Experiential Travel Guide to Aruba

The tropical island of Aruba is a dream destination for many. But what most visitors don’t realize is that the island has a rough and tumble side too. Sure there are beaches, but there are also rugged cliffs and boulder strewn fields that offer a different type of natural beauty. Aruba is also a great vacation spot for the adventure traveler, from diving to going in a submarine, there are many options here to keep you occupied for weeks.

Linear Park Trail
The Caribbean features a lot of different ways to explore the ocean, but none are quite like the Atlantis submarine experience on Aruba. Guests embark on the afternoon adventure by taking a short boat ride out to the submarine dock itself. Then after boarding, passengers channel their inner Captain Nemo as they plunge more than 100 feet under water to get amazing views of coral reefs, colorful fish and even a shipwreck or two.
L.G. Smith Boulevard # 101, Noord, Aruba
Superlatives reign at this massive Palm Beach resort. Among the outsize offerings? The biggest casino in Aruba, with more than 500 slot machines and 26 gaming tables, as well as the island’s largest spa. Its 414 accommodations aren’t lacking for space either: Each room has a walk-in closet, double-sink bathroom, and private balcony; the highest-end suites are so palatial their balconies alone measure up to a sprawling 500 square feet—with ocean views to sweeten the deal. When you’re not playing roulette or indulging in a moisturizing coconut-milk wrap, kick back in one of the beachside palapas, or practice your breaststroke in the free-form pool, complete with cascading waterfalls and a volleyball net (a serene adults-only pool features a swim-up bar if that’s more your speed). In keeping with the more-is-more theme, guests are spoiled for choice with seven on-site restaurants, bars, and cafés, including a Ruth’s Chris Steak House, where the 500-degree plates ensure another best—the hottest meal in town.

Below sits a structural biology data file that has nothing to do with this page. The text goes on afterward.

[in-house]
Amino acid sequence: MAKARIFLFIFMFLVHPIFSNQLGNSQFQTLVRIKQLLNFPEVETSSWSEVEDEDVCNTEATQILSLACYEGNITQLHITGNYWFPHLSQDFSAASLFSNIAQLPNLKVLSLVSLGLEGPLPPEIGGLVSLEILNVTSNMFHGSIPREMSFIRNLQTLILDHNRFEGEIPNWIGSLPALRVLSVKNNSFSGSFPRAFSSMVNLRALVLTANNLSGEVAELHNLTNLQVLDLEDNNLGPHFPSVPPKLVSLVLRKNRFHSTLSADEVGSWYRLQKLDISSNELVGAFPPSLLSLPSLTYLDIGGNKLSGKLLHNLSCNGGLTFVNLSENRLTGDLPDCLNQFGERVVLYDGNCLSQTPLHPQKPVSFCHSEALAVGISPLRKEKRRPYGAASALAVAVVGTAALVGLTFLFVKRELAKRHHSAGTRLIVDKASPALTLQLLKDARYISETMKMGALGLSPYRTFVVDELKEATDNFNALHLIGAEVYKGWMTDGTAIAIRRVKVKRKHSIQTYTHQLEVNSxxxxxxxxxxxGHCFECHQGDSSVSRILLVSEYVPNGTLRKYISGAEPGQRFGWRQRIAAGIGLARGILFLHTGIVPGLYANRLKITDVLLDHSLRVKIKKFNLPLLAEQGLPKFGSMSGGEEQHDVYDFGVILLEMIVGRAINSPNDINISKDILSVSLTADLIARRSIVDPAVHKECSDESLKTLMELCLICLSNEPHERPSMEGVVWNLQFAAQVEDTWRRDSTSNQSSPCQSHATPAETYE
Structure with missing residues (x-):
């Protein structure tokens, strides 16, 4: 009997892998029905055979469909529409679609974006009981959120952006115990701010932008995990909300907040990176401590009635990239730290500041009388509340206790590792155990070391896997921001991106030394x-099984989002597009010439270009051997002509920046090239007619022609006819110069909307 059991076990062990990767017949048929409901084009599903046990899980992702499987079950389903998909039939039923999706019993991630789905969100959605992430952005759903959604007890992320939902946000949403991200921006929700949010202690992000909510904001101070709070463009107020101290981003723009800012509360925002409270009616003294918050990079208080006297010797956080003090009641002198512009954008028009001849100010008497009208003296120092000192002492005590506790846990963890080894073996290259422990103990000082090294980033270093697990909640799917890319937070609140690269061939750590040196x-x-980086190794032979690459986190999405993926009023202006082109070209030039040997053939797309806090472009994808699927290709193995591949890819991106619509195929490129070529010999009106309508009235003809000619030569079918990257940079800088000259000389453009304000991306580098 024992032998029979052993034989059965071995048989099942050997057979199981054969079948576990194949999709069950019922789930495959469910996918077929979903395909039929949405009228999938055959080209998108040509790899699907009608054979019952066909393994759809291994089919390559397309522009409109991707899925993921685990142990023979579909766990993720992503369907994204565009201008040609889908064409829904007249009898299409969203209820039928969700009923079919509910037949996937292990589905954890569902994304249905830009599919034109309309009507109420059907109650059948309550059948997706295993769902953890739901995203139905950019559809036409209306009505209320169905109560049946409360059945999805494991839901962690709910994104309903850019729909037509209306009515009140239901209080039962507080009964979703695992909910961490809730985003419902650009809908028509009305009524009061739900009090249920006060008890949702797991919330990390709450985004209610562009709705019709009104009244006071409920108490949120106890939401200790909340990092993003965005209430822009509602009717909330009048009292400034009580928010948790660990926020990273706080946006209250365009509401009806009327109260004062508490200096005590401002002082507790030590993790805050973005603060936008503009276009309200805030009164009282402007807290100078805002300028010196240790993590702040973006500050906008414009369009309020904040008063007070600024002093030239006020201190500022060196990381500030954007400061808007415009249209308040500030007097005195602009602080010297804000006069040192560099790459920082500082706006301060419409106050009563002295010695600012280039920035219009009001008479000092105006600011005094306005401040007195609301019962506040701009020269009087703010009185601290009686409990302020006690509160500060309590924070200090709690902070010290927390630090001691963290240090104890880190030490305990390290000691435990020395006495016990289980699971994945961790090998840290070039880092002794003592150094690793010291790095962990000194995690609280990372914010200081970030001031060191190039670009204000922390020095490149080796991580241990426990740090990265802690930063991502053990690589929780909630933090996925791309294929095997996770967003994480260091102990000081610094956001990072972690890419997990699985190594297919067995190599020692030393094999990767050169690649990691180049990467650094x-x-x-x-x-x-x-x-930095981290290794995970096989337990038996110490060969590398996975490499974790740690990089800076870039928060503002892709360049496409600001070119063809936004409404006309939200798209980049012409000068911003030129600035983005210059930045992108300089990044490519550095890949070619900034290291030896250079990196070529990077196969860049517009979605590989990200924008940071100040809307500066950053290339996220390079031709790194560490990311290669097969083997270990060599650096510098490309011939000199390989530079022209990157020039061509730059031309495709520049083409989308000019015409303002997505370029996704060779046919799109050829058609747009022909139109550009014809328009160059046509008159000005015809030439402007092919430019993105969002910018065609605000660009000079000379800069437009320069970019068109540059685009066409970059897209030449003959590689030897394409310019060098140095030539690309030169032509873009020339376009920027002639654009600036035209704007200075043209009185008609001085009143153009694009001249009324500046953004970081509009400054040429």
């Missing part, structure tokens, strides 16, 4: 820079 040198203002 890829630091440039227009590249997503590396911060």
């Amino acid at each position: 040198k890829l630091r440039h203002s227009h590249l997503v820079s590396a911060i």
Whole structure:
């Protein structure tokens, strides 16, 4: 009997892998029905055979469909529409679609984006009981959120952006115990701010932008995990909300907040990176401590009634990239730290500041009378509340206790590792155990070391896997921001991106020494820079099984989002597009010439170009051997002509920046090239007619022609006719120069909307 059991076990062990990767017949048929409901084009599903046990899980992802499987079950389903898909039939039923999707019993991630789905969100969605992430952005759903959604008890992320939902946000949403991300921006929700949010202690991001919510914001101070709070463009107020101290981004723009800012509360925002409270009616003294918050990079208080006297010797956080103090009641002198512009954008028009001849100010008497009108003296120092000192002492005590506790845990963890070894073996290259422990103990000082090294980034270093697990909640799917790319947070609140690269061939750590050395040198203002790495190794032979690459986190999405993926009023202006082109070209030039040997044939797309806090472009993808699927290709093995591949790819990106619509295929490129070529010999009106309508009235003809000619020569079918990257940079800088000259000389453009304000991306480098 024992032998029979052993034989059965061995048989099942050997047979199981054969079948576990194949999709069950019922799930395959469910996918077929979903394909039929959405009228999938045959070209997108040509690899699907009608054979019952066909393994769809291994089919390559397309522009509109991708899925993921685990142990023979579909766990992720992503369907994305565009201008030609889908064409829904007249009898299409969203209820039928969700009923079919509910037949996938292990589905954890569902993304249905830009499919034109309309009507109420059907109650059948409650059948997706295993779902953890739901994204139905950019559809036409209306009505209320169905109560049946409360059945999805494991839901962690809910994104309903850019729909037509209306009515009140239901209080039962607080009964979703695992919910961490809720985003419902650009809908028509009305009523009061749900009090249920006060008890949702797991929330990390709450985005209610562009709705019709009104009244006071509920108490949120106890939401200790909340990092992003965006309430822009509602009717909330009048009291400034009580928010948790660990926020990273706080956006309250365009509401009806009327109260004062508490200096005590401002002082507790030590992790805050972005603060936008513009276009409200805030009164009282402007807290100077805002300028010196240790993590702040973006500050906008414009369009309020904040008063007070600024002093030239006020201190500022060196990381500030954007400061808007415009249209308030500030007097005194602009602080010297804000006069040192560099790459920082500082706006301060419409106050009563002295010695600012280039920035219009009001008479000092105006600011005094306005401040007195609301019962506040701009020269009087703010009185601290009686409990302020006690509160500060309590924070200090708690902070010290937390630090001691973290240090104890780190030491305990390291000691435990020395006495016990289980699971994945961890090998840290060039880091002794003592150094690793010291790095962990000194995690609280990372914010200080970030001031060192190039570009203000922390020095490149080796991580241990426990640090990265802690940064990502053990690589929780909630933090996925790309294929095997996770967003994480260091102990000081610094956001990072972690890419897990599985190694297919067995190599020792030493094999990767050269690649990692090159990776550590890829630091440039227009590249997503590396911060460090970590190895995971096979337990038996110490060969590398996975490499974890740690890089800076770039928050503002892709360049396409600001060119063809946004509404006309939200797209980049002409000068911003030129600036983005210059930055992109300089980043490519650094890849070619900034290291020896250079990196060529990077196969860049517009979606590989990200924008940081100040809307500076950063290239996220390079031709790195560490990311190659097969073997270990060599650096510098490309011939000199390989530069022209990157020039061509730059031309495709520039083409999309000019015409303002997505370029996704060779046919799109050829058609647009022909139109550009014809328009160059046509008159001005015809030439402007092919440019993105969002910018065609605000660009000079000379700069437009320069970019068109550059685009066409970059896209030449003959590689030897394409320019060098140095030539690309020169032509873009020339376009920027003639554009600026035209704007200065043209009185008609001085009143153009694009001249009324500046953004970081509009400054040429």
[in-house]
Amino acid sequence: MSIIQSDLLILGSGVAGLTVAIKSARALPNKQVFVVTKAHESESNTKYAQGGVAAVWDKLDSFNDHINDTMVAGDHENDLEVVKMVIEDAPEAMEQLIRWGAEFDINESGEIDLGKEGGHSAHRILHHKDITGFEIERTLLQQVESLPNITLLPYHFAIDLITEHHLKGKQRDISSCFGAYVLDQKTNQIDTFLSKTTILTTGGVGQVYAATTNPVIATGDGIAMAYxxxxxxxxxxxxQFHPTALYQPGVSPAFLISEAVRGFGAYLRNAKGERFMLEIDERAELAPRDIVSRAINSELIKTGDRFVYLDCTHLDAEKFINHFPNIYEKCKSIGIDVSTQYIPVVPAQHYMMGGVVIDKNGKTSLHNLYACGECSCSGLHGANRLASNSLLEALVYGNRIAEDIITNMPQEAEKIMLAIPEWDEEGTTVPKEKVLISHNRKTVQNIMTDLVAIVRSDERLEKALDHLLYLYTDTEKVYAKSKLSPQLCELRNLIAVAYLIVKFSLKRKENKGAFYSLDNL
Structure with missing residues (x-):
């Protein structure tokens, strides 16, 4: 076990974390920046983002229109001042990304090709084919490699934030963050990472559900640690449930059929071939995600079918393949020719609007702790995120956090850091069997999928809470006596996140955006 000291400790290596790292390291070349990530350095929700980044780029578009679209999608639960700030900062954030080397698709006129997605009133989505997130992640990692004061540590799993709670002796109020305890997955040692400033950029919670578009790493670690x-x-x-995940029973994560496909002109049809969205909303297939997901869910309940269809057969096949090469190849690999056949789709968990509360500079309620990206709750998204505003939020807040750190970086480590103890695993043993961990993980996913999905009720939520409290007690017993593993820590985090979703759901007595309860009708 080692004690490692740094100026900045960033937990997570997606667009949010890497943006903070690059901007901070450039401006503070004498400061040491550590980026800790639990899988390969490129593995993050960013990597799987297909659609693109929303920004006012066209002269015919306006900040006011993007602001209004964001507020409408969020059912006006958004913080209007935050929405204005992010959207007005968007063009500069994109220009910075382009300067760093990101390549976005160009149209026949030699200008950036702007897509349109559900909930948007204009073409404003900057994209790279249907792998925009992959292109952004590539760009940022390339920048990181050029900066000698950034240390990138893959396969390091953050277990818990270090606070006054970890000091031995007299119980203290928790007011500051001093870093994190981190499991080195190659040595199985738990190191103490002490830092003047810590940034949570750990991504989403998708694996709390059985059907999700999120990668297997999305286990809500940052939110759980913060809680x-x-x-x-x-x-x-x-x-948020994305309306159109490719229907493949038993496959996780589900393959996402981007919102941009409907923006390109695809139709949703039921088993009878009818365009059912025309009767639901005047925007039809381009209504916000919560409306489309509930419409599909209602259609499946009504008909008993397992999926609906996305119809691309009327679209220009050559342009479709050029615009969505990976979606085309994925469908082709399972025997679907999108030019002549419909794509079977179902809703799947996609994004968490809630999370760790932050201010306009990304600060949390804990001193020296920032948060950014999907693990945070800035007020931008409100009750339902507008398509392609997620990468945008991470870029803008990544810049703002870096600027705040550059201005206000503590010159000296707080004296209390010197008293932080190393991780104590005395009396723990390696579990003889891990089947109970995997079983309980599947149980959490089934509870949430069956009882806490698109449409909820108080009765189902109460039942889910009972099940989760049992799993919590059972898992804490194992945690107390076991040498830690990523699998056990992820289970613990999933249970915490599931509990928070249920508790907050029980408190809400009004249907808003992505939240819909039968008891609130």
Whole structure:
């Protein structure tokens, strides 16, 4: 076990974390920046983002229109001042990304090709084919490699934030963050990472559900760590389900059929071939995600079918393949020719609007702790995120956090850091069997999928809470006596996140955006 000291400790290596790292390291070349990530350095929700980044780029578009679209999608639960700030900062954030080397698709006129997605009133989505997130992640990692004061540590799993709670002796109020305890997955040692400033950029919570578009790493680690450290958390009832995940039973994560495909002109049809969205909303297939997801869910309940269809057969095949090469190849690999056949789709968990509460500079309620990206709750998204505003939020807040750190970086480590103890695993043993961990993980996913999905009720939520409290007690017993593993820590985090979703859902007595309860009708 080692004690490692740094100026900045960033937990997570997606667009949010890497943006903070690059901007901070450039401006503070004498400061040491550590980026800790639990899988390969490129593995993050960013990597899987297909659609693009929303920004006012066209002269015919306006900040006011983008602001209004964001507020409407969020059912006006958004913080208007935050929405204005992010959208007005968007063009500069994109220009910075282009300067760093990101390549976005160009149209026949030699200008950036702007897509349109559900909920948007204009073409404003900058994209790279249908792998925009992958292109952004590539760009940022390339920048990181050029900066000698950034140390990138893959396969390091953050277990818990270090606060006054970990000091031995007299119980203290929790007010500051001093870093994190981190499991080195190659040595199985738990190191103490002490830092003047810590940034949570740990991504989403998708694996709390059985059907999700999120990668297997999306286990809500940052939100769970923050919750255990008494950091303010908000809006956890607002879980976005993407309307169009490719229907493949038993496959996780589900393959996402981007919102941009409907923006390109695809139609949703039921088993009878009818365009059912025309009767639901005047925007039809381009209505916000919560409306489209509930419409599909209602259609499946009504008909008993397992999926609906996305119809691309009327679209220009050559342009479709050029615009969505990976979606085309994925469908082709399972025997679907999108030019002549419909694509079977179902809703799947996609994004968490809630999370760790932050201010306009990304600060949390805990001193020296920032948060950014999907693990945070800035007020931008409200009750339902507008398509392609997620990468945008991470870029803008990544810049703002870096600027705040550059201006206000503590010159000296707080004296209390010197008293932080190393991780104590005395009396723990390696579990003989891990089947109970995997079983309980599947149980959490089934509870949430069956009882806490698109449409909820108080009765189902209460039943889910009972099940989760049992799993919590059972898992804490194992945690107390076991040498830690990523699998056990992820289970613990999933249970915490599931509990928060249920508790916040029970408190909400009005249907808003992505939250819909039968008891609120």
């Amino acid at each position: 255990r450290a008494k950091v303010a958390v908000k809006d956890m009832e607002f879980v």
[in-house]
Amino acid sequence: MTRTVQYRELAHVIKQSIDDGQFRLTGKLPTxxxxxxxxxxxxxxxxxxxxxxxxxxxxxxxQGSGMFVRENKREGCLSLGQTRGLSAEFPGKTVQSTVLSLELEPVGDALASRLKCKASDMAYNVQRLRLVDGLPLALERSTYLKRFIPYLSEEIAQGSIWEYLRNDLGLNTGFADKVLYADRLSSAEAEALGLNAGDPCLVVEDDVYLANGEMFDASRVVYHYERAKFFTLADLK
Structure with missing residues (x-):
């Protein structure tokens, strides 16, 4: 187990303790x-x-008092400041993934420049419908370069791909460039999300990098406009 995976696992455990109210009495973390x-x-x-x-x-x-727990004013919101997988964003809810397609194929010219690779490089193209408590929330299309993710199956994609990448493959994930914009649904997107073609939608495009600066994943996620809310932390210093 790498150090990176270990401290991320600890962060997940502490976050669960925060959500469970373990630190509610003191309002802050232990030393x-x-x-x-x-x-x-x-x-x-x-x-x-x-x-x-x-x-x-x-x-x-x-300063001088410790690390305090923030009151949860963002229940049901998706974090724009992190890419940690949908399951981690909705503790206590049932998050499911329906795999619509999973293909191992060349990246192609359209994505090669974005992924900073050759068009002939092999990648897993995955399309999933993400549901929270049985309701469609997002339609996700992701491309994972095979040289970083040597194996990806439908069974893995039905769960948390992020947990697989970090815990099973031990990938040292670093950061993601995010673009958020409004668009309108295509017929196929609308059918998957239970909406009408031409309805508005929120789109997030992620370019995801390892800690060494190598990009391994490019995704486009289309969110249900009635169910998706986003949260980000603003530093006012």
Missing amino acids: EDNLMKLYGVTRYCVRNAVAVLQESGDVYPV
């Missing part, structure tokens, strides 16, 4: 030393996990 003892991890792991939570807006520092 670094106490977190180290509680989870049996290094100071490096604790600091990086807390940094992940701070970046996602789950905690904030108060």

Aruba
This former mill in the northern part of Aruba hints at the island’s relatively unknown gold rush. First discovered in 1824, gold remained an important Aruban industry until around 1916, with the island producing more than 3 million pounds in total. The precious metal is even reflected in Aruba’s name, which roughly translates to “there was gold.” At this historic site, windswept stone ruins stand in the middle of a wide expanse of untouched land.
L.G. Smith Blvd, Noord, Aruba
Built between 1914 and 1916 on an octagonal base, this stone, double-lens lighthouse is Aruba’s marquee landmark. Standing tall at 98 feet, it’s the highest structure on the island and offers the best views in its respective area. It gets its name from the SS California, a British steamship that sank in nearby waters in 1891 and now functions as a fantastic dive site. Adjacent to the lighthouse, visitors will find a beloved Italian restaurant and the California White Sand Dunes, a hot spot for dune surfing.
Lloyd G. Smith Blvd 9, Oranjestad, Aruba
At Mopa Mopa in Oranjestad, local handicrafts aren’t just souvenirs—they’re decorative art. The gallery specializes in carved wooden figures, crafted lovingly in the traditional mopa mopa, or barniz de Pasto, style. To finish each piece, artisans paint them with vegetable dyes and resin-based lacquer, making for one-of-a-kind keepsakes. Visit the gallery to shop and speak with the artisans themselves, who will gladly answer questions and demonstrate their intricate techniques.
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